Field water flow processes can be precisely delineated with proper sets of soil hydraulic properties derived from in situ and/or laboratory experiments. In this study we analyzed and compared soil hydraulic properties obtained by traditional laboratory experiments and inverse optimization tension infiltrometer data along the vertical direction within two typical Podzol profiles with sand texture in a potato field. The main goal was to identify proper sets of hydraulic parameters and to evaluate their relevance on hydrological model performance for irrigation management purposes. Tension disc infiltration experiments were carried out at four and five different depths for both profiles at consecutive negative pressure heads of 12, 6, 3 and 0.1 cm. At the same locations and depths undisturbed samples were taken to determine Mualem-van Genuchten (MVG) hydraulic parameters (θr, residual water content, θs, saturated water content, α and n, shape parameters and Kls, lab saturated hydraulic conductivity) in the laboratory. Results demonstrated horizontal differences and vertical variability of hydraulic properties. The tension disc infiltration data fitted well in inverse modeling using Hydrus 2D/3D in combination with final water content at the end of the experiment, θf. Four MVG parameters (θs, α, n and field saturated hydraulic conductivity Kfs) were estimated (θr set to zero), with estimated Kls and α values being relatively similar to values from Wooding's solution which used as initial value and estimated θs corresponded to (effective) field saturated water content, θf. The laboratory measurement of Kls yielded 2-30 times higher values than the field method Kfs from top to subsoil layers, while there was a significant correlation between both Ks values (r = 0.75). We found significant differences of MVG parameters θs, n and α values between laboratory and field measurements, but again a significant correlation was observed between laboratory and field MVG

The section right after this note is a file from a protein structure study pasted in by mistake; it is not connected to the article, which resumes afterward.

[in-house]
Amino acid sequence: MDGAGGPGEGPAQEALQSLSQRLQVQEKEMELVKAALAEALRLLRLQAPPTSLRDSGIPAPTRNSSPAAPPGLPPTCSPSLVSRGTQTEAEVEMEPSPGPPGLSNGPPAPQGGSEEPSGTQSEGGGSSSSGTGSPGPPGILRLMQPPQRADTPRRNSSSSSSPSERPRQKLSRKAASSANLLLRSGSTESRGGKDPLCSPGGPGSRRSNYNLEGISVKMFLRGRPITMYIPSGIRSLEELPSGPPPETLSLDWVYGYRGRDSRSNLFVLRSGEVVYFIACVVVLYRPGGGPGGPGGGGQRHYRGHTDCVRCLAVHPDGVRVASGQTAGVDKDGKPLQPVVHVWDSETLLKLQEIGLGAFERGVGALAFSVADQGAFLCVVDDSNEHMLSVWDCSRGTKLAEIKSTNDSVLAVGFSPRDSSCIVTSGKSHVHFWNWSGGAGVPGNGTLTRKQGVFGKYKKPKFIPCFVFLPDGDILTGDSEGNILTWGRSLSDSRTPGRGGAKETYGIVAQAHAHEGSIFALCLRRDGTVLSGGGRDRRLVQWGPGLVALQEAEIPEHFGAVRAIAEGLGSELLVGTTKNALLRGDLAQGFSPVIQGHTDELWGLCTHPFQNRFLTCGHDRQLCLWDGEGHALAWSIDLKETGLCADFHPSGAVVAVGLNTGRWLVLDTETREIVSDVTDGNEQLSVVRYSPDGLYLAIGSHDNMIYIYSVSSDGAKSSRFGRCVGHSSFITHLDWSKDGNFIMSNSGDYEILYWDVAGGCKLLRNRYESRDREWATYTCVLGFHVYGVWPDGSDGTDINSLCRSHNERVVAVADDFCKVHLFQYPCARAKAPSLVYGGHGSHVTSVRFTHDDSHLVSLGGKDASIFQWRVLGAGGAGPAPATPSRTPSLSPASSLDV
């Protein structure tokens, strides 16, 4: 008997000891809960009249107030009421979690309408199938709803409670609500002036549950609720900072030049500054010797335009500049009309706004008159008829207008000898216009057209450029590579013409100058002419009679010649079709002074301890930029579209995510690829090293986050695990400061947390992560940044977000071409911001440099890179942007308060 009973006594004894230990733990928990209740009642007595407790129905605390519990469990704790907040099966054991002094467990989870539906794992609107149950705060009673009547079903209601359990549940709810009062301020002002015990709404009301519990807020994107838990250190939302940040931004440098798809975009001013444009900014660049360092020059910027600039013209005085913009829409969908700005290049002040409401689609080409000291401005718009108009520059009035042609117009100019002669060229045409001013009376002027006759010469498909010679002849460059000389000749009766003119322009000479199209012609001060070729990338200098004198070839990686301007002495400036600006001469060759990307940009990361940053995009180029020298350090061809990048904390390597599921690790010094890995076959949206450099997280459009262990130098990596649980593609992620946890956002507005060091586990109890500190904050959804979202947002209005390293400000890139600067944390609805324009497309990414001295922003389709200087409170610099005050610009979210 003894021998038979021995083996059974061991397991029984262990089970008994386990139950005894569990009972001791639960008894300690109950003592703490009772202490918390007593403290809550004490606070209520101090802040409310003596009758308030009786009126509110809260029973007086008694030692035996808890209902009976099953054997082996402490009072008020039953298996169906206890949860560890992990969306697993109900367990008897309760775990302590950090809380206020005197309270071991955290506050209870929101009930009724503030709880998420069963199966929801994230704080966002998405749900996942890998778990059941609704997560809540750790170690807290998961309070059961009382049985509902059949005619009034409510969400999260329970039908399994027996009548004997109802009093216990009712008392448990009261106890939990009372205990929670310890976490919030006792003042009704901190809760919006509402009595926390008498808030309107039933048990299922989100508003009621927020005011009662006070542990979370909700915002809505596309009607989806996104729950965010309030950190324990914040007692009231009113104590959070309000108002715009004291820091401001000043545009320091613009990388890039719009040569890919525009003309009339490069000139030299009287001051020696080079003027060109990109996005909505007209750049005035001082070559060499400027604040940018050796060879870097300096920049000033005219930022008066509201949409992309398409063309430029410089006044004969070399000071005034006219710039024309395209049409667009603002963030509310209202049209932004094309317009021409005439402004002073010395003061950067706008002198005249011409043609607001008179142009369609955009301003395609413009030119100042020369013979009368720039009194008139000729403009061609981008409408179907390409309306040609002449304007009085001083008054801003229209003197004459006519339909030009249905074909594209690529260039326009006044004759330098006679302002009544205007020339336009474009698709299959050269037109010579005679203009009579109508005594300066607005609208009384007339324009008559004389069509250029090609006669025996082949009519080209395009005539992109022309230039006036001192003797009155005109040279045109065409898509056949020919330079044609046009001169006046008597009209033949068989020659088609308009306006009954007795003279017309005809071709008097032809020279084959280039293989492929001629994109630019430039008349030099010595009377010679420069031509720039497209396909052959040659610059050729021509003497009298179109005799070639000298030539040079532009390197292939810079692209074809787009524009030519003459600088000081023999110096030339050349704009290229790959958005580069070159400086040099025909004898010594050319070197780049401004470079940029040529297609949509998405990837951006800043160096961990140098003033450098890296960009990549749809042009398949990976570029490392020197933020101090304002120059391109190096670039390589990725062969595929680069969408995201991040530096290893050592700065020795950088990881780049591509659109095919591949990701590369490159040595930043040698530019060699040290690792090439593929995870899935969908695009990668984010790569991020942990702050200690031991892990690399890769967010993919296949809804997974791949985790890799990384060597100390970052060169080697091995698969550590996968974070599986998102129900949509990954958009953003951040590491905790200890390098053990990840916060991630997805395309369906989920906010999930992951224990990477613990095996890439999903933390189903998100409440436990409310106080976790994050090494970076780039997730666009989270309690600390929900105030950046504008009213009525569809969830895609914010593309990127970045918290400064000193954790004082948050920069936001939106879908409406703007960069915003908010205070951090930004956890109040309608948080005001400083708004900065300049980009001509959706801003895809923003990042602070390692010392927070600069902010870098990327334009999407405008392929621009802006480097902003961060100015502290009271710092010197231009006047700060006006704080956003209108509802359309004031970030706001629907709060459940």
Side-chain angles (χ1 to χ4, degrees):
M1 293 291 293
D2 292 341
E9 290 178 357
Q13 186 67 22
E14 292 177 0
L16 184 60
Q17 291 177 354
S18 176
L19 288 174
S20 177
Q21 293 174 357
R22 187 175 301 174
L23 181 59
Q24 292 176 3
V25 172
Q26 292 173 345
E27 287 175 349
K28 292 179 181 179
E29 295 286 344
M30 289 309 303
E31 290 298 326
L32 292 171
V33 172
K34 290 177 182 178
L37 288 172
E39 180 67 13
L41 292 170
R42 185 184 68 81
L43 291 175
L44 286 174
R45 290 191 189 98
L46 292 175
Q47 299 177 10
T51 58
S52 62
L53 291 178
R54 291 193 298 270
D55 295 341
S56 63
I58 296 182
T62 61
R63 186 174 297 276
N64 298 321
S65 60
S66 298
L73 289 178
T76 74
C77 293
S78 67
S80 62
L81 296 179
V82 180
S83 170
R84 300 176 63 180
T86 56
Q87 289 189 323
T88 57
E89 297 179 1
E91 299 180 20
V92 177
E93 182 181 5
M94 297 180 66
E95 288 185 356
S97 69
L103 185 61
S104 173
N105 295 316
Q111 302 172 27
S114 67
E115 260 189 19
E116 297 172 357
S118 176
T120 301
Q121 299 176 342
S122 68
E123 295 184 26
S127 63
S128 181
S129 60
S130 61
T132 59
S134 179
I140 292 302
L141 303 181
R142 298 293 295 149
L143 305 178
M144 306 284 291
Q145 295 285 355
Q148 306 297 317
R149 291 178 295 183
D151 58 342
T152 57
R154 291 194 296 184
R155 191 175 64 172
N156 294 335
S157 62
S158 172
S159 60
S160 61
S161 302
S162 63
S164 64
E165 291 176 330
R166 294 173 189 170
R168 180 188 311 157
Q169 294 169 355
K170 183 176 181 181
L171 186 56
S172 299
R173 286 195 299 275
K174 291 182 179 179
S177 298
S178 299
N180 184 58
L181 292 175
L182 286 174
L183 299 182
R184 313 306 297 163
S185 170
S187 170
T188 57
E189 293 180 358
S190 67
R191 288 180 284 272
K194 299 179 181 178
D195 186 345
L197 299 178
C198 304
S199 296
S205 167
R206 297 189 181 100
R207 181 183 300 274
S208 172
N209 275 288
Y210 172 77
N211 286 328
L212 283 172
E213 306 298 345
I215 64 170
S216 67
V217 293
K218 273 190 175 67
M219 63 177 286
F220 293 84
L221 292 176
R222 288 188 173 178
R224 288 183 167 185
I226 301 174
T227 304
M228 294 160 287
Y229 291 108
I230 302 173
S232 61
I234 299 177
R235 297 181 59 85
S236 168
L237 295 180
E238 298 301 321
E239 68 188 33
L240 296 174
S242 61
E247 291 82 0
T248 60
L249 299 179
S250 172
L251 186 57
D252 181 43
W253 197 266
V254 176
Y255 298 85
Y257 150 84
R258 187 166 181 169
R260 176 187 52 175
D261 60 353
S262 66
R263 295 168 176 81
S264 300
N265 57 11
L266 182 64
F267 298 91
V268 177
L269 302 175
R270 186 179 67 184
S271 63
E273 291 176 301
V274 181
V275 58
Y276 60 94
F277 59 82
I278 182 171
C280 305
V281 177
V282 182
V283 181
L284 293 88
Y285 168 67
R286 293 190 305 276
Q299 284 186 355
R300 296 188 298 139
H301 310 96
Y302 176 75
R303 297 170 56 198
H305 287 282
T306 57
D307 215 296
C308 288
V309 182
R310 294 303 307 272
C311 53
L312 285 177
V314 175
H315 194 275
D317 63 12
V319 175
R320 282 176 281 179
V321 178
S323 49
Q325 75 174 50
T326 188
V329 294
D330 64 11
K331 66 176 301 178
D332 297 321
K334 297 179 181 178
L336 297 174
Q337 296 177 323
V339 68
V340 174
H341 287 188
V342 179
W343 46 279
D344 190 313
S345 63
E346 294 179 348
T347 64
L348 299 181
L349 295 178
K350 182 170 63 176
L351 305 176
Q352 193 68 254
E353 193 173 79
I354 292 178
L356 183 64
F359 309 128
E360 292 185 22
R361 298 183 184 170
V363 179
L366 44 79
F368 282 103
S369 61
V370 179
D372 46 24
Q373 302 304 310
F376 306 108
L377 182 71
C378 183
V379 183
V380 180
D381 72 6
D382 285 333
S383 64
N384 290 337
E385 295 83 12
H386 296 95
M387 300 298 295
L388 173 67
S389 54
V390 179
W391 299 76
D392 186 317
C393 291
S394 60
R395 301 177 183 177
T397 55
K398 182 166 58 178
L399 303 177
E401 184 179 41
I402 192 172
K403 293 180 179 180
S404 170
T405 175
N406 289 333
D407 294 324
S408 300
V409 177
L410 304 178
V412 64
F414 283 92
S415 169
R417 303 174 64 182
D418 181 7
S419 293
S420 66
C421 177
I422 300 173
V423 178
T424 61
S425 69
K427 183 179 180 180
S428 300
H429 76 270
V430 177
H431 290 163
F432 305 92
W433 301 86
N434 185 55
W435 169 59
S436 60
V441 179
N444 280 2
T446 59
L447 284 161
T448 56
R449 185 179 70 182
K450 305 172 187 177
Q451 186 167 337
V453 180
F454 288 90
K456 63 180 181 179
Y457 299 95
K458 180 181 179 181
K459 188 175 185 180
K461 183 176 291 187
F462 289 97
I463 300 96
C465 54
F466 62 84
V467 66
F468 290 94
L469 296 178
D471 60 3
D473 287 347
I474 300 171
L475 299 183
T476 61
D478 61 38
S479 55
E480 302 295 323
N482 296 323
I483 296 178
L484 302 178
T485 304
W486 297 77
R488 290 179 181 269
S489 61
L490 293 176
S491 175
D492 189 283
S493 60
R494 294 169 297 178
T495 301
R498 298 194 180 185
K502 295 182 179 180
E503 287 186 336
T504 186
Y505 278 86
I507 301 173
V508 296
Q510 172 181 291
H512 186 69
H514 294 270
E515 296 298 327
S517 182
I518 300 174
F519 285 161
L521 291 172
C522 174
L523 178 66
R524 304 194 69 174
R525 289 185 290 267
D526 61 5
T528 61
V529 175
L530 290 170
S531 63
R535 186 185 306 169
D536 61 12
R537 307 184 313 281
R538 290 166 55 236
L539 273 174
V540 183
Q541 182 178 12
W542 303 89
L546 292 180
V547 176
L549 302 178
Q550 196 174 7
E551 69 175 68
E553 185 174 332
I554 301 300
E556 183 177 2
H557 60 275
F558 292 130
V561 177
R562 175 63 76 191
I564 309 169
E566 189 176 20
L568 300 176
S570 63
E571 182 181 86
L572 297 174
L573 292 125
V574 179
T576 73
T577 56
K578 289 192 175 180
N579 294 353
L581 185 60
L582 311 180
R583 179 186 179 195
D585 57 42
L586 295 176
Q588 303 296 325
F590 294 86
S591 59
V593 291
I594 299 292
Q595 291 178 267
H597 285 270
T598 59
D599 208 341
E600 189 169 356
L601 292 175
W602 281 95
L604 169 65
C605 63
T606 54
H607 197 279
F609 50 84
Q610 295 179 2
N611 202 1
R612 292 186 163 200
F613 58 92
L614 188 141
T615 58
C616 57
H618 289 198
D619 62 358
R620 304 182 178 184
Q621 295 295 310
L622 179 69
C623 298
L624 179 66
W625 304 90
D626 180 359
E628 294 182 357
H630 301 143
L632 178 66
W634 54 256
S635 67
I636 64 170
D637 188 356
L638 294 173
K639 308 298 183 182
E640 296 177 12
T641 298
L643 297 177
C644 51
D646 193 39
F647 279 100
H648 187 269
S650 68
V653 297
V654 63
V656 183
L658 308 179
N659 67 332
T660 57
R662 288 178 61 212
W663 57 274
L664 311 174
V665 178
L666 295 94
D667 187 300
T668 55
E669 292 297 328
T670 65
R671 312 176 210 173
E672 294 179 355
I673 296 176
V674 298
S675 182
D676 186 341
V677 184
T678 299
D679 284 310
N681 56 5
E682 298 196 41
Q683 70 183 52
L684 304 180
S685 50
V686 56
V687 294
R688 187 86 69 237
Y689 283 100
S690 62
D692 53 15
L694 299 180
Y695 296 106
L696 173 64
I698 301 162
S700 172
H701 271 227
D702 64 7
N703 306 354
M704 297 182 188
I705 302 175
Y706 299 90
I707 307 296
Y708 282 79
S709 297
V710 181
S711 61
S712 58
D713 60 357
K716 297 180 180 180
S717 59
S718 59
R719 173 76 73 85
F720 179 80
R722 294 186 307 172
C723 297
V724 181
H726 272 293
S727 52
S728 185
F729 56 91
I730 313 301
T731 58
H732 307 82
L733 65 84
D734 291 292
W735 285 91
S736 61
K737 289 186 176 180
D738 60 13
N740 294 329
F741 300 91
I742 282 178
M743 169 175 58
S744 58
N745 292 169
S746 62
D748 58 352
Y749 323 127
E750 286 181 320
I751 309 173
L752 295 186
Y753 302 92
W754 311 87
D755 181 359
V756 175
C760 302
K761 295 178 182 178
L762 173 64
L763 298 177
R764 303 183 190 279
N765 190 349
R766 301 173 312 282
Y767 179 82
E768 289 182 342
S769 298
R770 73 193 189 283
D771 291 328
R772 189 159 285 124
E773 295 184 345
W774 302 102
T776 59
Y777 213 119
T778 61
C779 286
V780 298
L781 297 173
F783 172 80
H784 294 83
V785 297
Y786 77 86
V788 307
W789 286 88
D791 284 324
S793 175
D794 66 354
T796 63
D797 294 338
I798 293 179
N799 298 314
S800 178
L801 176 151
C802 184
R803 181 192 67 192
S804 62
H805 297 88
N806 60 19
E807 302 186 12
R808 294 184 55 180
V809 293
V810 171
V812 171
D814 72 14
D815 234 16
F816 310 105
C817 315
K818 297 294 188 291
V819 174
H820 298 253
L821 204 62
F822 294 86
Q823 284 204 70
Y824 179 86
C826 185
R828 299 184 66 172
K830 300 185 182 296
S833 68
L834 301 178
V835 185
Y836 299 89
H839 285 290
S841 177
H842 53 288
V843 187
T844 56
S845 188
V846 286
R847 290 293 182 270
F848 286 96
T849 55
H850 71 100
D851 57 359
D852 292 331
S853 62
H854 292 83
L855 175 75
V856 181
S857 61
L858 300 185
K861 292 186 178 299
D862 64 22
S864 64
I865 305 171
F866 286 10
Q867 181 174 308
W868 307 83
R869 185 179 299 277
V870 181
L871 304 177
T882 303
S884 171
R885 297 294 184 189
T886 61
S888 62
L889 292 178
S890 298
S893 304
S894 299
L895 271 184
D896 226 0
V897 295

12. Evaluation of a soil fixative to retard particle entrainment: A laboratory study

    SciTech Connect

    Biermann, A.; Sawyer, S.; Cappabianca, R.

    1991-12-26